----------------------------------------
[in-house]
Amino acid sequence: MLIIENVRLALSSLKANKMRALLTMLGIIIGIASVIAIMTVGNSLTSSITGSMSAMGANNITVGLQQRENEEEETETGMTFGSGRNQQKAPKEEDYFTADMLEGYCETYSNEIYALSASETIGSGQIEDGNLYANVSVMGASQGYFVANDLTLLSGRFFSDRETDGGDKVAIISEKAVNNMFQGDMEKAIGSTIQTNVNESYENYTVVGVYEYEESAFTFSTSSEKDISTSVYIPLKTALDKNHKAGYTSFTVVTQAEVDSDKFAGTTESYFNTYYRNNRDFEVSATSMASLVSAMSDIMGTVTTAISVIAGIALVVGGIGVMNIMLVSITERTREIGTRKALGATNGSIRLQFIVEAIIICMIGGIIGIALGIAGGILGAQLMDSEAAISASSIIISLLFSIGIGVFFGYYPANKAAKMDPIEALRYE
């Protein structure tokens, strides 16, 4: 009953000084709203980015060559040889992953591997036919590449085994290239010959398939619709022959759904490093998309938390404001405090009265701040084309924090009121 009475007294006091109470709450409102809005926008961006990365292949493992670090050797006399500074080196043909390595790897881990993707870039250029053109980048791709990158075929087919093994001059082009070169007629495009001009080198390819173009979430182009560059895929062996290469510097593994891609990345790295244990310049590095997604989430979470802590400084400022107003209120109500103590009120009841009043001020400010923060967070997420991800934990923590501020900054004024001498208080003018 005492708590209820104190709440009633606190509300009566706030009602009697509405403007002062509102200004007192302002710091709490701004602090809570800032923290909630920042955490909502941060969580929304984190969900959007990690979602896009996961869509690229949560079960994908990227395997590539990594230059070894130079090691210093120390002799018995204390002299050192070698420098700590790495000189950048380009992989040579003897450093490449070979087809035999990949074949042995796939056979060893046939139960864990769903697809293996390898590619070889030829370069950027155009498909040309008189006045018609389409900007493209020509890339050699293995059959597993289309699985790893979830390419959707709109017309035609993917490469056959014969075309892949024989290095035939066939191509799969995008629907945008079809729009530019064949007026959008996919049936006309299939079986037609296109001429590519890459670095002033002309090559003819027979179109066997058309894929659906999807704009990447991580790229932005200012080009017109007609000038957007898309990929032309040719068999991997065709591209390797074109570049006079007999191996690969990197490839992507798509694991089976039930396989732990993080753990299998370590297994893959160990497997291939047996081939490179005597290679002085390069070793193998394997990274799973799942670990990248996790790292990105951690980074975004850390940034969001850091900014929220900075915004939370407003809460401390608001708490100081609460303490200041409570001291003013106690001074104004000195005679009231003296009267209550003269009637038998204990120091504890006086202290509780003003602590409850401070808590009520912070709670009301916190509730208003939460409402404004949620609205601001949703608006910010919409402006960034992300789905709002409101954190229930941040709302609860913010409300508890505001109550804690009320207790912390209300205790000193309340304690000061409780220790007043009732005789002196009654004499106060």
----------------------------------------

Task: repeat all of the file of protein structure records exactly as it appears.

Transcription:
[in-house]
Amino acid sequence: MLIIENVRLALSSLKANKMRALLTMLGIIIGIASVIAIMTVGNSLTSSITGSMSAMGANNITVGLQQRENEEEETETGMTFGSGRNQQKAPKEEDYFTADMLEGYCETYSNEIYALSASETIGSGQIEDGNLYANVSVMGASQGYFVANDLTLLSGRFFSDRETDGGDKVAIISEKAVNNMFQGDMEKAIGSTIQTNVNESYENYTVVGVYEYEESAFTFSTSSEKDISTSVYIPLKTALDKNHKAGYTSFTVVTQAEVDSDKFAGTTESYFNTYYRNNRDFEVSATSMASLVSAMSDIMGTVTTAISVIAGIALVVGGIGVMNIMLVSITERTREIGTRKALGATNGSIRLQFIVEAIIICMIGGIIGIALGIAGGILGAQLMDSEAAISASSIIISLLFSIGIGVFFGYYPANKAAKMDPIEALRYE
């Protein structure tokens, strides 16, 4: 009953000084709203980015060559040889992953591997036919590449085994290239010959398939619709022959759904490093998309938390404001405090009265701040084309924090009121 009475007294006091109470709450409102809005926008961006990365292949493992670090050797006399500074080196043909390595790897881990993707870039250029053109980048791709990158075929087919093994001059082009070169007629495009001009080198390819173009979430182009560059895929062996290469510097593994891609990345790295244990310049590095997604989430979470802590400084400022107003209120109500103590009120009841009043001020400010923060967070997420991800934990923590501020900054004024001498208080003018 005492708590209820104190709440009633606190509300009566706030009602009697509405403007002062509102200004007192302002710091709490701004602090809570800032923290909630920042955490909502941060969580929304984190969900959007990690979602896009996961869509690229949560079960994908990227395997590539990594230059070894130079090691210093120390002799018995204390002299050192070698420098700590790495000189950048380009992989040579003897450093490449070979087809035999990949074949042995796939056979060893046939139960864990769903697809293996390898590619070889030829370069950027155009498909040309008189006045018609389409900007493209020509890339050699293995059959597993289309699985790893979830390419959707709109017309035609993917490469056959014969075309892949024989290095035939066939191509799969995008629907945008079809729009530019064949007026959008996919049936006309299939079986037609296109001429590519890459670095002033002309090559003819027979179109066997058309894929659906999807704009990447991580790229932005200012080009017109007609000038957007898309990929032309040719068999991997065709591209390797074109570049006079007999191996690969990197490839992507798509694991089976039930396989732990993080753990299998370590297994893959160990497997291939047996081939490179005597290679002085390069070793193998394997990274799973799942670990990248996790790292990105951690980074975004850390940034969001850091900014929220900075915004939370407003809460401390608001708490100081609460303490200041409570001291003013106690001074104004000195005679009231003296009267209550003269009637038998204990120091504890006086202290509780003003602590409850401070808590009520912070709670009301916190509730208003939460409402404004949620609205601001949703608006910010919409402006960034992300789905709002409101954190229930941040709302609860913010409300508890505001109550804690009320207790912390209300205790000193309340304690000061409780220790007043009732005789002196009654004499106060």